By Ishita Sood
We continue our 5 Tips for Travel series with Indian Travel Blogger Ishita Sood. After years of following her passion and traveling Italy alone, today we are honored to feature her 5 Tip on making the most out of your Italian travel solo!
"Italy is full of wonderful people who go an extra step to help you, so it is important to respect their traditions and culture too."
Traveling alone in Italy has its fun and frustrating moments, which is why it is important to know small points that can help save time and make travel enjoyable. Italy is full of wonderful people who go an extra step to help you, so it is important to respect their traditions and culture too. I have five simple tips to travel solo in Italy. So sit back and relax while you read all these points that make Italy a preferred choice of destination and also help ease you out during your Italian travels:
1. Personal Safety is First
Nothing is more important than that, whether in Italy or anywhere else. I would recommend keeping an eye on your baggage at crowded places in the bigger towns which are prone to petty theft. Keep a copy of your passport in the hotel room just in case something happens. Again, this is not to scare you off, but just to caution you. Always exude confidence when in Italy by the way you walk or talk and try not to let small frustrations get to you. I have faced that countless times in my travels and I’d love to help anyone to know about travel in Italy.
2. Choose the Right Accommodation
Italy has plenty of stay options to choose from. If you are on a budget choose a hostel or an apartment at Airbnb. You can also stay in a convent or a monastery by choosing MonasteryStays.com. Here you have comfortable beds with private bathrooms at a reasonable price and most of them are in the centre of the town. For example, since Venice is expensive to stay, pick a monastery instead of a hotel and save money to get that gondola ride. Similarly, if you are visiting the Italian countryside, choose an agriturismo, which are refurbished old country homes renovated to give you a local experience.
3. Practice Some Italian Before You Go
It is really a blessing if you know some Italian words that could go a long way in your travels. Simple words such as “dove,” which means where, “salve,” which is a formal hello, or “grazie,” which means thank you, can put a smile on a stranger’s face. Don’t go saying "ciao" to anyone and everyone you meet, because that is an Informal way of greeting, such as for a friend. Basic food vocabulary or a small dictionary is an asset to those who travel to Italy.
4. Blend with the Crowd
One of the best ways to get a feel of the Italian culture is to live like they do. For a truly authentic experience make sure you visit the local eating places- the “Osteria” and the “Trattoria”. These are smaller versions of a restaurant with fresh produce and are usually family run. Additionally, in the evening the Italians go for an “aperitivo” at the bar. An aperitivo includes a drink with some light snacks and is the perfect time to mingle and make new friends. Don’t be shy in taking the first step. Whenever I am in Italy I usually have an aperitivo and observe the locals to catch a few Italian words for my Italian vocabulary. I also sometimes talk to the barista if the bar is not too crowded. Italians are so friendly and always make you feel comfortable.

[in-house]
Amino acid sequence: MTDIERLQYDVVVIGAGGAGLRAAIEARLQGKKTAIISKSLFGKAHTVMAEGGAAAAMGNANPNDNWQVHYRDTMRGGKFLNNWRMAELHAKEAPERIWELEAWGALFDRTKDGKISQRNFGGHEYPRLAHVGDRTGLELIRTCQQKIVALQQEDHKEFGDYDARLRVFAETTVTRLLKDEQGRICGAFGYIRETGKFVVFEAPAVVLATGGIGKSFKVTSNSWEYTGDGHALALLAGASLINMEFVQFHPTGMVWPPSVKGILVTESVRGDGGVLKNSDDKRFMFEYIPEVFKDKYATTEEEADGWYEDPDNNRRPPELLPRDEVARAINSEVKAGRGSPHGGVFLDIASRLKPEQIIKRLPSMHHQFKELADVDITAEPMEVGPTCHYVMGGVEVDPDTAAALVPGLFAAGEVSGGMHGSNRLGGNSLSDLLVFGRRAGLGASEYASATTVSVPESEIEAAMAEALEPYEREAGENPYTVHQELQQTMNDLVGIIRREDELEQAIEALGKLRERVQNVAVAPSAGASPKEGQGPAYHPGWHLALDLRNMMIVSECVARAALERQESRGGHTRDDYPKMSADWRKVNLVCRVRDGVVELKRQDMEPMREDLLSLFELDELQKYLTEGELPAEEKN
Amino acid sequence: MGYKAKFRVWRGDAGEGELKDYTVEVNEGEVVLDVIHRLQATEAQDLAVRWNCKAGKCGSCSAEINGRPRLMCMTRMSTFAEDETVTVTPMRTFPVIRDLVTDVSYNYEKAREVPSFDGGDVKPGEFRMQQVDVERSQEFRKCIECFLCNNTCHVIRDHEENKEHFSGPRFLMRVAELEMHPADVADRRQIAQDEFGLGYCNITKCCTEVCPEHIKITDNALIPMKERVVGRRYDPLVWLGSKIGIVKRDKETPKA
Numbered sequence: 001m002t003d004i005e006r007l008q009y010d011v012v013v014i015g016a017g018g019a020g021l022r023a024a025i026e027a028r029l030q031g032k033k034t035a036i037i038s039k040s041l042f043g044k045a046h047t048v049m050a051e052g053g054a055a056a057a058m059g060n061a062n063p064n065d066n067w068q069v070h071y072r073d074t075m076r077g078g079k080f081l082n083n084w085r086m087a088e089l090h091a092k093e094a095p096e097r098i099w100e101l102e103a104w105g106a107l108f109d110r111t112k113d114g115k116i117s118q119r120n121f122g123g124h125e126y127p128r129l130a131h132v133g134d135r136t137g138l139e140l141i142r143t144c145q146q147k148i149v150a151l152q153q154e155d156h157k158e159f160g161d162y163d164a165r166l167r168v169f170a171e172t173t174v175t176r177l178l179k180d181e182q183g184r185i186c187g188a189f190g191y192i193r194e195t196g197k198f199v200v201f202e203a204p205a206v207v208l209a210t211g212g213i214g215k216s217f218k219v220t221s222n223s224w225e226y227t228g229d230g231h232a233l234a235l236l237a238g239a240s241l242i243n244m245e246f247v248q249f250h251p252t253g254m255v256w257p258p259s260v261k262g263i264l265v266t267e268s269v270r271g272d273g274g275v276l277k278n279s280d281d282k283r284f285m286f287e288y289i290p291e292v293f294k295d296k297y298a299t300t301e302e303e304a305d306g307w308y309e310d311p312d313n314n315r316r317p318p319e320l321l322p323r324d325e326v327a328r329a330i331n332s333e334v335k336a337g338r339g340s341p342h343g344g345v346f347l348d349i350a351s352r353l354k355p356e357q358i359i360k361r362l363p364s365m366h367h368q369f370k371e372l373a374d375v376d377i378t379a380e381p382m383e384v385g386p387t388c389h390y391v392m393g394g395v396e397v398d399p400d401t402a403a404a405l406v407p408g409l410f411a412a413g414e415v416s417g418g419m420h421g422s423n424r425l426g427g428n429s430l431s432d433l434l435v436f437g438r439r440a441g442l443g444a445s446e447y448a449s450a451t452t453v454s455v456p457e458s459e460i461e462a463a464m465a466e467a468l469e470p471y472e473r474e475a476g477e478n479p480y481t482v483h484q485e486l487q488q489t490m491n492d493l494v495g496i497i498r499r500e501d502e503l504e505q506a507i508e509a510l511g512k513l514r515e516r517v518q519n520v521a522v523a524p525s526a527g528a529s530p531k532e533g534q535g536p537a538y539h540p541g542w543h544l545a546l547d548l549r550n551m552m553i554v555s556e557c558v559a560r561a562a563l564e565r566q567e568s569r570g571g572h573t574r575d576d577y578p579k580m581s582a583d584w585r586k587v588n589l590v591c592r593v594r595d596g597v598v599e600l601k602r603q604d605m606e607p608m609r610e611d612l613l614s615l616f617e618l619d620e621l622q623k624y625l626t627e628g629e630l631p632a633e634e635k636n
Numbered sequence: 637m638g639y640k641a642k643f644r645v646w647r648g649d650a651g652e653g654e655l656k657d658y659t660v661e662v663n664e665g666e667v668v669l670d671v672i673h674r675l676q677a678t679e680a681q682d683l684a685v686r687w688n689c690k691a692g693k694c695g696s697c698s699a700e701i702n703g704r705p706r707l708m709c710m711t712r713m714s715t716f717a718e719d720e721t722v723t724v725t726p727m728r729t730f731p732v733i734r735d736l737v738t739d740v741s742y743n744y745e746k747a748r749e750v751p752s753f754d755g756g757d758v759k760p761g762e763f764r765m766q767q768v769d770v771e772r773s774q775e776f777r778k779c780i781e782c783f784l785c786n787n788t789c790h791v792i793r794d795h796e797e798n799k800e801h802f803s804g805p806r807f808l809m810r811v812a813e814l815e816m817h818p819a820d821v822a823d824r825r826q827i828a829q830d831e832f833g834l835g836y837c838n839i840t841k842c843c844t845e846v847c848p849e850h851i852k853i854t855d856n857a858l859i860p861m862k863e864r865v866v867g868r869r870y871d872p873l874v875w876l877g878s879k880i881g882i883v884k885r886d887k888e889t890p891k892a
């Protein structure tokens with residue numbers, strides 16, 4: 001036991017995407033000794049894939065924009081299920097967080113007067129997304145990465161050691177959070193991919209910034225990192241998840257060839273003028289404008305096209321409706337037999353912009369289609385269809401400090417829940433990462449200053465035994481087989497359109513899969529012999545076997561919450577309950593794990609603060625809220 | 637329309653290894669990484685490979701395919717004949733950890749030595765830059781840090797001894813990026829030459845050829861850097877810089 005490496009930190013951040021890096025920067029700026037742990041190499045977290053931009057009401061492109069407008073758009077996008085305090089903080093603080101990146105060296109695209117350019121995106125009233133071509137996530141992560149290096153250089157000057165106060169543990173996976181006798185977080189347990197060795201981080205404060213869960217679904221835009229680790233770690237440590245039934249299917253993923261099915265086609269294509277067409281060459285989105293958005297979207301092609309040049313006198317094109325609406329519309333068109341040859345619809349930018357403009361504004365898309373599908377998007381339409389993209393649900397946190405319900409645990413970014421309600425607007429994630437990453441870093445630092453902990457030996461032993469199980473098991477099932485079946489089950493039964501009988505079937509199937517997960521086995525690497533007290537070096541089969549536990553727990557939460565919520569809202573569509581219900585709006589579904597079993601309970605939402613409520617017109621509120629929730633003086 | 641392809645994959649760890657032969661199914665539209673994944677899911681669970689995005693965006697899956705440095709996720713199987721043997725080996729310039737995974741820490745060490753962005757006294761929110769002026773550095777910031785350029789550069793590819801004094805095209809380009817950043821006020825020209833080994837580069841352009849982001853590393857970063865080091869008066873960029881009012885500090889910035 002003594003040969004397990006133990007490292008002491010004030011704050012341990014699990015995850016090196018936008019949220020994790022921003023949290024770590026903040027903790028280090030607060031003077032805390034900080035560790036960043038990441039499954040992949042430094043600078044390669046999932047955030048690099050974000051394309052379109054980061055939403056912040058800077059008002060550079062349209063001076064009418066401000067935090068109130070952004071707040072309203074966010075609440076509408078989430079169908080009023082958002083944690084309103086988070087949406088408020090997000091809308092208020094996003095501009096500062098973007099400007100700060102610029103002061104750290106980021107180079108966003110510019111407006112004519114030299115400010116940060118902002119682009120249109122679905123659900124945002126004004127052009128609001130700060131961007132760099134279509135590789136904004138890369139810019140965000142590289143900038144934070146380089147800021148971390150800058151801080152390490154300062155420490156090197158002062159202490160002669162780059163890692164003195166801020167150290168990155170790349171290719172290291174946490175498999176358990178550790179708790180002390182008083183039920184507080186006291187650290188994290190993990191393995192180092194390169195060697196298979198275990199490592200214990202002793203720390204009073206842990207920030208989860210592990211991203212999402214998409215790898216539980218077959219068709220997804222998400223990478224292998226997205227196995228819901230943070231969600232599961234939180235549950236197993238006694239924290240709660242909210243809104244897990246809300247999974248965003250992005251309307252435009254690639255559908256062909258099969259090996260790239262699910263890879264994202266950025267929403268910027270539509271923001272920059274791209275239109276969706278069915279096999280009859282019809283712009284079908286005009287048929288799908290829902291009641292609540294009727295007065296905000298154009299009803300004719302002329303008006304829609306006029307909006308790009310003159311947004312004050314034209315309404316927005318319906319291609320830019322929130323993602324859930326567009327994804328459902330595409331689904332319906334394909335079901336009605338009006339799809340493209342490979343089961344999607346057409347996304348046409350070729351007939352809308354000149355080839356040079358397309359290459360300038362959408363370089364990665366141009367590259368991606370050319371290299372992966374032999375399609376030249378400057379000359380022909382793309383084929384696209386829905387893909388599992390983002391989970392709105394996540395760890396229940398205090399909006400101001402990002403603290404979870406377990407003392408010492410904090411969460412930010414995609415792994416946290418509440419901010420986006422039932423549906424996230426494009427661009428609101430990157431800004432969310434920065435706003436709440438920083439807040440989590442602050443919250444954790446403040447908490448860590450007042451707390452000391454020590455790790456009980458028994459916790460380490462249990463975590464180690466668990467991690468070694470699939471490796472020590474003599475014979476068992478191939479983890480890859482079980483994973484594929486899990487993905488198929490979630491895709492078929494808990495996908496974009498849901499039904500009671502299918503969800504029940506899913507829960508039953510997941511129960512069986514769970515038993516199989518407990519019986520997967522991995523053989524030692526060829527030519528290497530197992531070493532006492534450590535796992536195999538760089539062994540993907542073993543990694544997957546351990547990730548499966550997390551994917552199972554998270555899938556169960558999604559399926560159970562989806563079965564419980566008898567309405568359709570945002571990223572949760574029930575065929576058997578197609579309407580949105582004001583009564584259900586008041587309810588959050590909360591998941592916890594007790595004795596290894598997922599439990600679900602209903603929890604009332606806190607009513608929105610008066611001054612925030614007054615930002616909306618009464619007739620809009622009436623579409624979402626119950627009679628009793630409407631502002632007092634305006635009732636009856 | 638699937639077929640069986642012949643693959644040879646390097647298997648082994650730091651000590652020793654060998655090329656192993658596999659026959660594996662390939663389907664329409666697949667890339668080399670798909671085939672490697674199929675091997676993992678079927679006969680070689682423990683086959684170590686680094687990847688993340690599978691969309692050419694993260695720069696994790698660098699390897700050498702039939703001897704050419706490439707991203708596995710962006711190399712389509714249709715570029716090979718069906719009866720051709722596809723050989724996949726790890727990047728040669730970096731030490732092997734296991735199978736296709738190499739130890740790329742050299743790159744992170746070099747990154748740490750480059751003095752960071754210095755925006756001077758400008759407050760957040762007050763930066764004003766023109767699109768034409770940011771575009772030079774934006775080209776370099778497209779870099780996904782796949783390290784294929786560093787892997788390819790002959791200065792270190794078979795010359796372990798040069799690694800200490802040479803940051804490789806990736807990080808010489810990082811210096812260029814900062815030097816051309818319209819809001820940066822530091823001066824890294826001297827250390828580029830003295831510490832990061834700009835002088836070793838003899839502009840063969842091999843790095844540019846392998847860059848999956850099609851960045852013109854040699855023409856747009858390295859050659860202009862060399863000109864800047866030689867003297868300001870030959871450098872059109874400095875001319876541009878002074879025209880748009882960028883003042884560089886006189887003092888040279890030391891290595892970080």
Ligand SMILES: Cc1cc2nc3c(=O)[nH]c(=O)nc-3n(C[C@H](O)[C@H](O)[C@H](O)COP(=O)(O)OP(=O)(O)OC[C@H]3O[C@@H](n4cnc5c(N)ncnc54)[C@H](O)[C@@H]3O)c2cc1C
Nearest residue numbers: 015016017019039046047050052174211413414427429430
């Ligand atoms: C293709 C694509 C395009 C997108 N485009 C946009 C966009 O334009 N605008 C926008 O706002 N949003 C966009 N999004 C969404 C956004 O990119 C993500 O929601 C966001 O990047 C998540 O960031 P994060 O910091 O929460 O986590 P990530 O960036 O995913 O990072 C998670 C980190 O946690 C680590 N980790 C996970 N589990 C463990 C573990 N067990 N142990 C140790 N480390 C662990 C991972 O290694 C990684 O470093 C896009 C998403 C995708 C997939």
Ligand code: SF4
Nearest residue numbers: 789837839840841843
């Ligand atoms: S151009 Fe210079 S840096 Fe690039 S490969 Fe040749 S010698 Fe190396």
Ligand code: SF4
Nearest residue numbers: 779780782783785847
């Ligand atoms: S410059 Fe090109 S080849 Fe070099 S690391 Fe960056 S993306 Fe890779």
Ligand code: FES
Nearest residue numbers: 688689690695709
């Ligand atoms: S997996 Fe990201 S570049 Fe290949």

5. Respect the Culture and Be Flexible
Respecting the culture of the country you are traveling is of prime importance. In Italy it is essential that you cover yourself when you visit a church. I usually carry a scarf with me all the time and wear half/full sleeves. Please avoid mini skirts and hot pants when you are in the church. Another important aspect of the culture is to dress well when in Italy. By that I don’t mean put on flashy makeup and accessories. But probably carry a nice cross body bag, wear comfortable shoes and a simple dress. Italians take their dressing very seriously and it is always more fun to be looked at in a nice way than be stared at. Italian region take pride in their products so don’t order a wrong food/wine in the wrong region. For instance, Chianti is in Tuscany and if I am in Lecce, Puglia, I’d ask for their local wine and not Chianti. Rome is famous for Cacio e pepe so eat that in Rome rather than in Sicily.
Ishita is an Indian blogger who is very passionate about Italy and feels deeply connected to its language, culture, food and history. She writes about her travels on her blog Italophilia (www.ishitasood.com) and visits Italy every year. She can also be found on Facebook, Instagram and Twitter as @Italophilia and can be reached at firstname.lastname@example.org.